The Internal Revenue Service (IRS) has made its focus on cryptocurrency clear in recent years. The feds expect taxpayers to report and, when applicable, pay taxes on these transactions — and they are not afraid to get aggressive to gather information on who is trying to avoid their obligations. Just a few years ago it issued a summons that required Coinbase to provide client information; and another similar effort is currently underway.
The feds have gotten approval from a court in Massachusetts to move forward with a John Doe summons on Circle Internet Financial Inc. Officials structured the summons to gather information on taxpayers who conducted $20,000 or more in cryptocurrency transactions from 2016 through 2020.
What is a John Doe summons?
Generally, when the government puts together a summons to gather information about a taxpayer the summons is for a specific individual or business. A John Doe summons allows the IRS to gather information about a group of taxpayers. In this case, that group of taxpayers are those who used Circle Internet Financial Inc or its subsidiaries to conduct $20,000 or more in cryptocurrency transactions.
What happened when the government went after Coinbase?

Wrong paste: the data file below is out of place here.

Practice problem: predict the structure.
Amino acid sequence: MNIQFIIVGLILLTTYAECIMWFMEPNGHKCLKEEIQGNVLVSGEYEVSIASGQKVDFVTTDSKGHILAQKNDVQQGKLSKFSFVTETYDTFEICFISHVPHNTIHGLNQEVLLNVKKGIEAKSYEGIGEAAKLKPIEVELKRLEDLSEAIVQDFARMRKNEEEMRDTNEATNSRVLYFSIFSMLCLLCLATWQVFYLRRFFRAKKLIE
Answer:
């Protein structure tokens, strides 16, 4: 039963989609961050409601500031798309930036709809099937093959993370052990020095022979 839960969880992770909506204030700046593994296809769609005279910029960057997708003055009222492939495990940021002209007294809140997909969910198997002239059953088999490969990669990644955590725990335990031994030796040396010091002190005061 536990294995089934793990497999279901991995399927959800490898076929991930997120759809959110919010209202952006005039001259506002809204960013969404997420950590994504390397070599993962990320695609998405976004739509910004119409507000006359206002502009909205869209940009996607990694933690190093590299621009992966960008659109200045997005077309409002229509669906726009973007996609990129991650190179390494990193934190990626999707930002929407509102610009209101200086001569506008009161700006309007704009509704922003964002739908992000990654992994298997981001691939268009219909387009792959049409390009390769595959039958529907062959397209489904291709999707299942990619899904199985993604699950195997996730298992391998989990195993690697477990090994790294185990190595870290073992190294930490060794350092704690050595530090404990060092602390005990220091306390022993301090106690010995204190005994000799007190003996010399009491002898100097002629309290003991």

Business leaders with Coinbase chose to push back for a while, but eventually decided a settlement with the government was in their best interest. As part of the settlement, they increased the restrictions for the type of clients the government could gather information about their users.
What will happen in this case?
It is possible Circle will follow the same path set out by Coinbase. They may push back and agree to a more restricted set of information, meet the government’s demands as is or fight the summons all the way to court.
What should taxpayers take away from this case?
Those who use cryptocurrency need to know that these transactions are not anonymous. The IRS is watching and, if you are not meeting your tax obligations, you can face serious allegations of wrongdoing. Tax evasion is no joke. It can come with steep financial penalties and potential imprisonment.
Taxpayers can take steps to come into compliance, the attorneys at Goldburd McCone can help.